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Milan Maljkovic is the Assistant Director, Community of Practice at the Troost Institute for Leadership Education in Engineering at the University of Toronto. Milan has several years of experience in the power systems sector. Now, at Troost ILead, he engages with engineering organizations to bring leadership opportunities to industry professionals, as well as working with undergraduate students. Milan has a BASc in Electrical Engineering from the University of Toronto.

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Dimpho Radebe University of Toronto

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Dimpho Radebe is a PhD student in Engineering Education at the University of Toronto. Her research interests include engineering culture, engineering careers in the public sector, and ethics and equity in STEM. Dimpho has several years of experience in the public and private sectors in process engineering, as well as project management and implementation. She holds a BASc in Industrial Engineering from the University of Toronto and an MSc in Management, specializing in Operations Management, from the University of Bath.

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Abstract

Inequities persist in the engineering profession despite nearly four decades of diversity and inclusion efforts. In this paper, we propose an institutional mechanism to explain this persistence—career track stratification. When engineering educators and researchers frame engineers’ careers as personal journeys, we implicitly characterize diverse promotion patterns as the product of individuals’ idiosyncratic interests, values, goals and competencies, thereby aligning ourselves with meritocratic explanations of career mobility. In contrast, when we account for systemic inequities in organizations and society by critically examining engineers’ careers in the aggregate, it is possible to gain insights into the “hidden curriculum”1 of professional advancement. In this paper, we take the latter approach, adopting a critical secondary analysis of data originally collected for a project on situated workplace learning. The key contribution of our analysis is to reframe the personal choice narrative of career advancement with a structural explanation of career stratification based on Jeannie Oakes’ educational tracking research, and Audre Lord’s powerful notion of “dominant fantasies.”2 To the extent that we treat engineers’ career trajectories as differentially accessible opportunities rather than meritocratic products of individual competencies and preferences, we position ourselves to understand and dismantle persistent inequities in the profession.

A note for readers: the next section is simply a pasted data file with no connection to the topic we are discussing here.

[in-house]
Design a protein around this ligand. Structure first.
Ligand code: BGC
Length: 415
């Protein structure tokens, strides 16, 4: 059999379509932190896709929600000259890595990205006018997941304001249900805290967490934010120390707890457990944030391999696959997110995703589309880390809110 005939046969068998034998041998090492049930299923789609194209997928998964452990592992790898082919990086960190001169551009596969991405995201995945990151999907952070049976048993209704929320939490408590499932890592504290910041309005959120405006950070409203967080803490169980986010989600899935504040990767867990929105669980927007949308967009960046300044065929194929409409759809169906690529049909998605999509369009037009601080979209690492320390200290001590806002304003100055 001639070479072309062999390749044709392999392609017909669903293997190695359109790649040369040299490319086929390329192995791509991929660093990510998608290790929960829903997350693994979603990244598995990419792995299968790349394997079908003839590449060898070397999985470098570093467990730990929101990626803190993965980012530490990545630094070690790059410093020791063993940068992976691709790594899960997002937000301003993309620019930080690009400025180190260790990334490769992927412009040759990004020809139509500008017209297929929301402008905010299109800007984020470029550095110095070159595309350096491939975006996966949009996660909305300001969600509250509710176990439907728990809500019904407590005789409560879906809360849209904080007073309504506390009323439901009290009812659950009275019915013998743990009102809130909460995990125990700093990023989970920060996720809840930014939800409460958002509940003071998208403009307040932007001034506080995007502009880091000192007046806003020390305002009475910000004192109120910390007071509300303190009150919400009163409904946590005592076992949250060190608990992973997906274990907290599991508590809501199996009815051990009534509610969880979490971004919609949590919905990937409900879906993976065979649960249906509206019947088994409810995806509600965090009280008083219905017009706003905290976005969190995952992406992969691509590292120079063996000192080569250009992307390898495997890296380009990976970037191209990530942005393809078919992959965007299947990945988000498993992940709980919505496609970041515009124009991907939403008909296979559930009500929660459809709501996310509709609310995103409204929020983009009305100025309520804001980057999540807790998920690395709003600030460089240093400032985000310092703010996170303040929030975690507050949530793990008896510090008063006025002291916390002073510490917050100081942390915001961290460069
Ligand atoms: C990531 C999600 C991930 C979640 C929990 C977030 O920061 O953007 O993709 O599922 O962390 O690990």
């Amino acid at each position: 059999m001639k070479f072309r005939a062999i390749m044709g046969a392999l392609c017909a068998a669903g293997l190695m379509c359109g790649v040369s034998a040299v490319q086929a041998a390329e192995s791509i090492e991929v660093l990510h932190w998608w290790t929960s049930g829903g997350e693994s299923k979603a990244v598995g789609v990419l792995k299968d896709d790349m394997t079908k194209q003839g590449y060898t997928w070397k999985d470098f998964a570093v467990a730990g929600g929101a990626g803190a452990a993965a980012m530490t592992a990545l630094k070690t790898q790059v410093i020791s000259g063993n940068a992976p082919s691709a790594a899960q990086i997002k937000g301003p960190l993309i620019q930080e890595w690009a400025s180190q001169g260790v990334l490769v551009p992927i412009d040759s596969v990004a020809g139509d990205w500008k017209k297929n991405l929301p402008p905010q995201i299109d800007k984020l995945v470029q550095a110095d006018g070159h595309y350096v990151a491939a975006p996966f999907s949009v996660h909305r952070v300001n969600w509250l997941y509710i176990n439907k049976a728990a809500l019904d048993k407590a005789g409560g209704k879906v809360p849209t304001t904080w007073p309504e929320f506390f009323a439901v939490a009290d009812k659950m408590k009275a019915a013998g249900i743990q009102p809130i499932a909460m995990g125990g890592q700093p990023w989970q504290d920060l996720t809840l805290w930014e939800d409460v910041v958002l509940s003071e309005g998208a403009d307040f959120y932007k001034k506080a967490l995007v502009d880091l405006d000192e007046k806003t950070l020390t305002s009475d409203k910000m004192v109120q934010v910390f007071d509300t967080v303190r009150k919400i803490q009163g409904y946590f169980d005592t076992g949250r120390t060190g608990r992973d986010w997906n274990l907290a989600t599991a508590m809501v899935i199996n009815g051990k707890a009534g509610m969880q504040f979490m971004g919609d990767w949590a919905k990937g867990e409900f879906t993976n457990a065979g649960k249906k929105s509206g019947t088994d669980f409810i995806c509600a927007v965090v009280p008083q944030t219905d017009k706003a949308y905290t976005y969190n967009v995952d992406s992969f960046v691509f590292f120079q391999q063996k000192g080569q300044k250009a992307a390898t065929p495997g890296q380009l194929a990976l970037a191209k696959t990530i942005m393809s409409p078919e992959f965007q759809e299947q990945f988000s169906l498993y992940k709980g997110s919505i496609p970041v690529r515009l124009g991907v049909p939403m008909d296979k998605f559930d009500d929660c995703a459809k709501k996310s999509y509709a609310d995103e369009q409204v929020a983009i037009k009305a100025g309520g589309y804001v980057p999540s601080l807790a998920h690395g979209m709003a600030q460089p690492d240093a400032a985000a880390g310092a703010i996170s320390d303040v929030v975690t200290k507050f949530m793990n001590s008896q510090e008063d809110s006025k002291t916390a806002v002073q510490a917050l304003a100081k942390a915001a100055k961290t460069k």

Rottmann, C., & Moore, E., & Reeve, D., & Chan, A., & Maljkovic, M., & Radebe, D. (2021, July), Penalized for Excellence: The Invisible Hand of Career-Track Stratification Paper presented at 2021 ASEE Virtual Annual Conference Content Access, Virtual Conference. https://peer.asee.org/37573